“I never heard it till this instant. That quite accounts for his views. He wants to push his own wines. Of course, drunkenness is working for his interests. I understand it all now. He has undone the work of years by that speech for the sake of booking a few orders. It is contemptible. I trust, Hester, he is not a particular friend of yours, for I shall feel it my duty to speak very strongly to him if he comes again.”
But Dick did not appear again. He was off and away before the terrors of the Church could be brought to bear on him.
But his memory remained green at Warpington.
“They do say,” said Abel to Hester a few days later, planting his spade on the ground, and slowly scraping off upon it the clay from his nailed boots, “as that Muster Vernon gave ’em a dusting in the school-yard as they won’t forget in a hurry. He said he could not speak out before the women folk, but he was noways nesh to pick his words onst he was outside. Barnes said as his tongue ’ud ’ave raised blisters on a hedge stake. But he had a way with him for all that. There was a deal of talk about him at market last Wednesday, and Jones and Peg is just silly to go back to Australy with ’im. I ain’t sure,” continued Abel, closing the conversation by a vigorous thrust of his spade into the earth, “as one of the things that fetched ’em all most wasn’t his saying that since he’s been in a hot climate he knowed what it was to be tempted himself when he was a bit down on his luck or a bit up. Pratts would never have owned to that.” The village always spoke of Mr. Pratt in the plural without a prefix. “I’ve been to a sight of temperance meetings, because,” with indulgence, “master likes it, tho’ I always has my glass, as is natural. But I never heard one of the speakers kind of settle to it like that. That’s what the folks say; that for all he was a born gentleman he spoke to ’em as man to man, not as if we was servants or childer.”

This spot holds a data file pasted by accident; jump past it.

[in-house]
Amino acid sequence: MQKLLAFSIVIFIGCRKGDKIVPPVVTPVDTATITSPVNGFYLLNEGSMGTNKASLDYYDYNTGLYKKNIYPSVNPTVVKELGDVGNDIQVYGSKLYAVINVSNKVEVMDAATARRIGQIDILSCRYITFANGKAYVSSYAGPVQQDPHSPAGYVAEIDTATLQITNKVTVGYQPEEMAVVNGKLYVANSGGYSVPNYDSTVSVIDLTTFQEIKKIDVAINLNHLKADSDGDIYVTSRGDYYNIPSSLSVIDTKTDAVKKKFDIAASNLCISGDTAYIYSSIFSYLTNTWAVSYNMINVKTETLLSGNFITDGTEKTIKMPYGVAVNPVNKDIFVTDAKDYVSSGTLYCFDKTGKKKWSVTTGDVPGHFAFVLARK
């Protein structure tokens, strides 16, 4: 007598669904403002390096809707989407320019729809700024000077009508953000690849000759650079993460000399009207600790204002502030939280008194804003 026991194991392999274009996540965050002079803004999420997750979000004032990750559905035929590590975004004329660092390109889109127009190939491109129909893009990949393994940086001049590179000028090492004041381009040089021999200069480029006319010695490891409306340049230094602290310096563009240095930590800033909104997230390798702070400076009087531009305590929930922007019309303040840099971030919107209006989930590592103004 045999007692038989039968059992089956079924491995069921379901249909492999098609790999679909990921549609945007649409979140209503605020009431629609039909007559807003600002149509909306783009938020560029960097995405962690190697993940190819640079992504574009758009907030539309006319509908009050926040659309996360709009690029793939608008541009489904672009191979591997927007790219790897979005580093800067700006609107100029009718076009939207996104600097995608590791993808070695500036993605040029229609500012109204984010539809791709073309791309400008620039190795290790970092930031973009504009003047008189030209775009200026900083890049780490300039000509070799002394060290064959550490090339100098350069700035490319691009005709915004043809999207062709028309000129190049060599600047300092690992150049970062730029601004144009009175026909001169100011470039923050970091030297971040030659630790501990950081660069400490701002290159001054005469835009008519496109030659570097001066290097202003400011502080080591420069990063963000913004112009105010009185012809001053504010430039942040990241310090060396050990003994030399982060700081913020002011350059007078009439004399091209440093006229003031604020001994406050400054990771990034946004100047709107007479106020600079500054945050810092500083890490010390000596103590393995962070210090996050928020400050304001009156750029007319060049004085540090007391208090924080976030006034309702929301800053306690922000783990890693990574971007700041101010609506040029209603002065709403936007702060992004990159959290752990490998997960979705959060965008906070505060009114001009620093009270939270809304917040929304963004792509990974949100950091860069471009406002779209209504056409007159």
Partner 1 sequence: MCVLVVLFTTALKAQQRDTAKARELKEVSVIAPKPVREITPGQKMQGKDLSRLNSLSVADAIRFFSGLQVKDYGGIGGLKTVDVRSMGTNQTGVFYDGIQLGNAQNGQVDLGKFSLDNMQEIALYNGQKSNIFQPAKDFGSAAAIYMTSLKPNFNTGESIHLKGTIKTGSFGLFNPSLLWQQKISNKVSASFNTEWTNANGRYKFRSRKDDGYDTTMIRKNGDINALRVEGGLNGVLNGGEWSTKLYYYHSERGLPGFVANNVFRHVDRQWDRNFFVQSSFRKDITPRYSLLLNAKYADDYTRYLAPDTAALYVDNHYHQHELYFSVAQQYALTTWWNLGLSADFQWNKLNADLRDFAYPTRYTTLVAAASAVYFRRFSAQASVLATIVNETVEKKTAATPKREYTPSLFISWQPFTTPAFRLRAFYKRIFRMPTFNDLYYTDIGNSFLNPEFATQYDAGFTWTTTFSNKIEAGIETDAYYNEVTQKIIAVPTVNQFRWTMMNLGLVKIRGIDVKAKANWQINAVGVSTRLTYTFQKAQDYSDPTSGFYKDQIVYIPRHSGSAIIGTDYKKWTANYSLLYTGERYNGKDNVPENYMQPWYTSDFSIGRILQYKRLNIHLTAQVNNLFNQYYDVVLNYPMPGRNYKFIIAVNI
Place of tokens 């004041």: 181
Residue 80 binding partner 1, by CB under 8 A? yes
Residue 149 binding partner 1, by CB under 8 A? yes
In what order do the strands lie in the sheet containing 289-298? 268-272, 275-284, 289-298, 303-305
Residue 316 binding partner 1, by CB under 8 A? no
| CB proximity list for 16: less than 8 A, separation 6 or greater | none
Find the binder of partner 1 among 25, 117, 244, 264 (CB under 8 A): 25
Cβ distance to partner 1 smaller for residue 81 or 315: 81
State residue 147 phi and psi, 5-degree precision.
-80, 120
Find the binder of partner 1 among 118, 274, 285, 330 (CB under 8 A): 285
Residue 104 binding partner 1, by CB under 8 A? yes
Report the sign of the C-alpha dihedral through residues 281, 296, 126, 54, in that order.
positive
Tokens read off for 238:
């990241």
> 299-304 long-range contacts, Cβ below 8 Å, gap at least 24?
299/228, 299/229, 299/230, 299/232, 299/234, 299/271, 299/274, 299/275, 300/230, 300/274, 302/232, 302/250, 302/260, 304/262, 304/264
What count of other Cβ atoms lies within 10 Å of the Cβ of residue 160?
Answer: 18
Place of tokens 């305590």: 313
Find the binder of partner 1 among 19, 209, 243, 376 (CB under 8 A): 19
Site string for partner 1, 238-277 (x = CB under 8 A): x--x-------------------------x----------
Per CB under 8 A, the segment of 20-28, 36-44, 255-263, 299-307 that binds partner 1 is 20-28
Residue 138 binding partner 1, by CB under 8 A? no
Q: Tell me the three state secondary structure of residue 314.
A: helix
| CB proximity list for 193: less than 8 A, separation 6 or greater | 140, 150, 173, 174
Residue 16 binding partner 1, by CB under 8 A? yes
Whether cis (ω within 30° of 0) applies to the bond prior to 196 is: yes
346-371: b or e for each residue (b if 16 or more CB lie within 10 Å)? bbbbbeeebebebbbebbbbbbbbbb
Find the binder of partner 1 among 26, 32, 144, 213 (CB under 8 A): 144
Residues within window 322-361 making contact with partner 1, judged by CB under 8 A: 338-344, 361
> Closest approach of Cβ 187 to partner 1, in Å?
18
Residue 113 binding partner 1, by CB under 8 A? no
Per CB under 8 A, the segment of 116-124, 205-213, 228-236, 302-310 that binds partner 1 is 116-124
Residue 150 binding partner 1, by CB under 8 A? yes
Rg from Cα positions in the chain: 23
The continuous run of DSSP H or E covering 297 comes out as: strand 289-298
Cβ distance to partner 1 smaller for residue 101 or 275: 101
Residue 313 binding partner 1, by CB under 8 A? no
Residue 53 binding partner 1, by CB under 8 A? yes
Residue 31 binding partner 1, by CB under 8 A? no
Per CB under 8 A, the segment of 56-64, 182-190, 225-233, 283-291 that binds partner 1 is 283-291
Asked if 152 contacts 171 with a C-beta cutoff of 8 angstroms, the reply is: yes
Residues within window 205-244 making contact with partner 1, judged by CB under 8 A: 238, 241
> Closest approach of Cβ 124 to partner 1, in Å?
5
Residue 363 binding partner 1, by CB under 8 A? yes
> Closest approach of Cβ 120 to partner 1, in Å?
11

Le bruit est pour le fat.
La plainte est pour le sot.
L’honnete homme trompe
S’en va et ne dit mot.
“And so you cannot persuade Miss Gresley to come to us next week?” said Lord Newhaven, strolling into the dining-room at Westhope Abbey, where Rachel and Dick were sitting at a little supper-table laid for two in front of the high altar. The dining-room had formerly been the chapel, and the carved stone altar still remained under the east window.
Lord Newhaven drew up a chair, and Rachel felt vaguely relieved at his presence. He had a knack of knowing when to appear and when to efface himself.
“She can’t leave her book,” said Rachel.
“Her first book was very clever,” said Lord Newhaven, “and, what was more, it was true. I hope for her own sake she will outgrow her love of truth, or it will make deadly enemies for her.”